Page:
During a week of virtual sessions hosted in September at the Geneva offices of the United Nations Convention on Certain Conventional Weapons, Canada remained silent. Not once in the last year has Canada’s Minister of Foreign Affairs focused on autonomous weapons when explaining Canada’s foreign policy priorities.
On October 24, Radio Canada International reported that Canadian-based Bombardier Recreational Products (BRP) had suspended the export of aircraft engines to “countries with unclear usage.” This action followed reports that these engines were being used in Turkish-built Bayraktar TB2 unmanned aerial vehicles (UAVs) that Turkey had sent to support Azeri forces in the Nagorno-Karabakh conflict.
On October 5, under mounting pressure from civil society and the Armenian diaspora community, Global Affairs Canada (GAC) suspended exports of Canadian-made L3Harris WESCAM surveillance and targeting sensors to Turkey. These sensors had been found on Turkish-made Bayraktar TB2 unmanned aerial vehicles (UAVs or drones) that were illicitly diverted to Azerbaijan by ally Turkey for use in the Nagorno-Karabakh conflict.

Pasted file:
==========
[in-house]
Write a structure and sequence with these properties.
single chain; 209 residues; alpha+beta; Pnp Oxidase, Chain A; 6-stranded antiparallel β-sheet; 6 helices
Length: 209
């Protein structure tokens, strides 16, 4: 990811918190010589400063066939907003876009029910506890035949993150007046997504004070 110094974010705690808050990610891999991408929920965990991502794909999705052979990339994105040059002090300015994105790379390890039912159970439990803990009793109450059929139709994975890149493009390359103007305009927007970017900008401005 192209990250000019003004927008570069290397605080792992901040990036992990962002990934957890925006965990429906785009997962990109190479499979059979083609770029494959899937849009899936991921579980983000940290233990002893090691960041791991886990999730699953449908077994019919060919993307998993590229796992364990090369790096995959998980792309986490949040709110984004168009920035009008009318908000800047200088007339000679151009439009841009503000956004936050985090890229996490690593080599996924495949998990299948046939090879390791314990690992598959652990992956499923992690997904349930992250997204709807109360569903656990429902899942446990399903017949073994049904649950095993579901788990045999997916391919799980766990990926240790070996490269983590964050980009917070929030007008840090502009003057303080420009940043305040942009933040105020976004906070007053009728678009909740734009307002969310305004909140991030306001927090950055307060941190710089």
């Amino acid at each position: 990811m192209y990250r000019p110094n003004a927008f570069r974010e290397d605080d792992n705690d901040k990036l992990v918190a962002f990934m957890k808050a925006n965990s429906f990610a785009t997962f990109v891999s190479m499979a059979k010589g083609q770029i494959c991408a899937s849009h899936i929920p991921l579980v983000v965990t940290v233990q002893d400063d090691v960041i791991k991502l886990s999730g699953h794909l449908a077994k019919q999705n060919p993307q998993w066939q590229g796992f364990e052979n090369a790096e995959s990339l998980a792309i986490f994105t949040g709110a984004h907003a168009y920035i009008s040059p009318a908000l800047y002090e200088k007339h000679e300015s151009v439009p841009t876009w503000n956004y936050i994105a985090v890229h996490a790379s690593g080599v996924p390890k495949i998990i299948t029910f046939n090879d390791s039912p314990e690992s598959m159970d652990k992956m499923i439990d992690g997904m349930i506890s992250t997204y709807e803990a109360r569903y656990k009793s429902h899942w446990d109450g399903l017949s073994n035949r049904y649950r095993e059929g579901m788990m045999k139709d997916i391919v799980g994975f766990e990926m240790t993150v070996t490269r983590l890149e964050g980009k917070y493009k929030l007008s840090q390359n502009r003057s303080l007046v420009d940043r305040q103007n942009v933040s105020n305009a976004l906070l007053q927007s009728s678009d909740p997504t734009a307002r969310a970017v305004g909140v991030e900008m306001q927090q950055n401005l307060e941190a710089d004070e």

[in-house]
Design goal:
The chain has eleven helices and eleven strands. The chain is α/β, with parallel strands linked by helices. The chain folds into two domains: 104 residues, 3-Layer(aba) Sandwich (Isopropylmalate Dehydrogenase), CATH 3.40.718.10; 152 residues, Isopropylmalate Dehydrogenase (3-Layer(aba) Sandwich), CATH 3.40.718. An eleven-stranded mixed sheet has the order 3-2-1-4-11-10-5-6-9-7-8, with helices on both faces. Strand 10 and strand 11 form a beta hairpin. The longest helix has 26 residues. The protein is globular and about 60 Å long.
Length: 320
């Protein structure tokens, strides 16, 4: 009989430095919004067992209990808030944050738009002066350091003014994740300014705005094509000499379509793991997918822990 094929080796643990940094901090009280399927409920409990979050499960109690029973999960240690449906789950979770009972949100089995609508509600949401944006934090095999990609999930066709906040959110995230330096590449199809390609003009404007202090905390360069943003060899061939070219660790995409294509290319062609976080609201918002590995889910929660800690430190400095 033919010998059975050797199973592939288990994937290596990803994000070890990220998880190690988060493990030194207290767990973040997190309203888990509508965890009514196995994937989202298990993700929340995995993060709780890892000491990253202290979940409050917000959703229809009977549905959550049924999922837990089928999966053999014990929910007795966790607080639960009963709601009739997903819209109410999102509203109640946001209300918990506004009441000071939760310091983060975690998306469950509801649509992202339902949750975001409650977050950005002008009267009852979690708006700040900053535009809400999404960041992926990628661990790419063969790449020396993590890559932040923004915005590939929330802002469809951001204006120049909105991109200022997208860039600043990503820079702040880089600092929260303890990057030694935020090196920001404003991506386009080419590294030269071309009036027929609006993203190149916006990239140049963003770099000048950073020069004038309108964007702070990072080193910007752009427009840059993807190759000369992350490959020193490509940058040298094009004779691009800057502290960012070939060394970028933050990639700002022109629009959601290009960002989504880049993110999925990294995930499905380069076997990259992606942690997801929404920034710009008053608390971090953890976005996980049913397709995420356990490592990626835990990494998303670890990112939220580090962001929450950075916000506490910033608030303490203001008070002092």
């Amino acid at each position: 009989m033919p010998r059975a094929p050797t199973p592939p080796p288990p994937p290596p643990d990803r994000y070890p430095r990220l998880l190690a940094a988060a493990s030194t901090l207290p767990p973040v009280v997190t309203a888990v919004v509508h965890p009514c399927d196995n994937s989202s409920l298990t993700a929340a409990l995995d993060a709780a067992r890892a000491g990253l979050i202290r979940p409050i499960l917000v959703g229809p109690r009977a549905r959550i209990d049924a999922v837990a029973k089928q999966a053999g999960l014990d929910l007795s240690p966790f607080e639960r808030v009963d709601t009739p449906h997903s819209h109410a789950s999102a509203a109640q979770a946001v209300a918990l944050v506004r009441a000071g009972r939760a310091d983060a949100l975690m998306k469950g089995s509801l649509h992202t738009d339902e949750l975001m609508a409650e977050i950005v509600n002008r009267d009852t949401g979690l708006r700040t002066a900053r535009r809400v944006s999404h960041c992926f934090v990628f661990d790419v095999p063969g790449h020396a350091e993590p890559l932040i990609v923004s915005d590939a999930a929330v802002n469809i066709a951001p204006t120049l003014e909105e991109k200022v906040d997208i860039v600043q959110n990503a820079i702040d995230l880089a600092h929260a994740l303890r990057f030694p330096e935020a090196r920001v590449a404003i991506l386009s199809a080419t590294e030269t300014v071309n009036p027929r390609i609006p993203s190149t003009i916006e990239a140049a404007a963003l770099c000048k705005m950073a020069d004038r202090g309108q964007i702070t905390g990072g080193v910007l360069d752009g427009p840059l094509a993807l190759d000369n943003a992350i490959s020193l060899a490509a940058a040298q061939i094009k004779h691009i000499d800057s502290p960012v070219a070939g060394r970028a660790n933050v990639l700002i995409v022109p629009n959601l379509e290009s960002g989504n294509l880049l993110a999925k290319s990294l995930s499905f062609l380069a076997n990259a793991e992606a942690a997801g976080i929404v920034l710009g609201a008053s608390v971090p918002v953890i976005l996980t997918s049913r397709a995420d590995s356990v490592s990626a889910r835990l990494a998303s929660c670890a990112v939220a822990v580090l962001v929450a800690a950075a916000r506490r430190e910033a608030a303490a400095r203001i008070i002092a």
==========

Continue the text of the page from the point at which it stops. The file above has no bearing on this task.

Canada’s accession to the Arms Trade Treaty last year necessitated some welcome changes to Canada’s arms-control policies. But it appears that the export regime’s human-rights protections are still flawed. In this article, we focus on the activities of the Canadian Commercial Corporation.
Since 2017, Turkey has been a major customer for WESCAM products, second only to the United States. During this time, the Turkish military has not only been active in trying to put down an insurgency in southeast Turkey, but has become increasingly involved in armed conflicts in Syria, Iraq, and Libya.
The Right Honourable Prime Minister Justin Trudeau, P.C., M.P. Prime Minister of Canada 80 Wellington Street Ottawa, Ontario K1A 0A2 14 May 2020 Re: Final Report – Review of Export Permits to Saudi Arabia Dear Prime Minister Trudeau, The undersigned, representing a cross-section of Canadian civil society organizations focused on arms controls, human rights, and international security, are writing in …
On April 10, GAC issued an official statement in support of a global ceasefire, in response to the high-profile appeal on March 23 by UN Secretary-General António Guterres. The day before, however, it had announced that it was lifting a moratorium on arms-export permits to Saudi Arabia, one of the worst violators of human and women’s rights on the planet.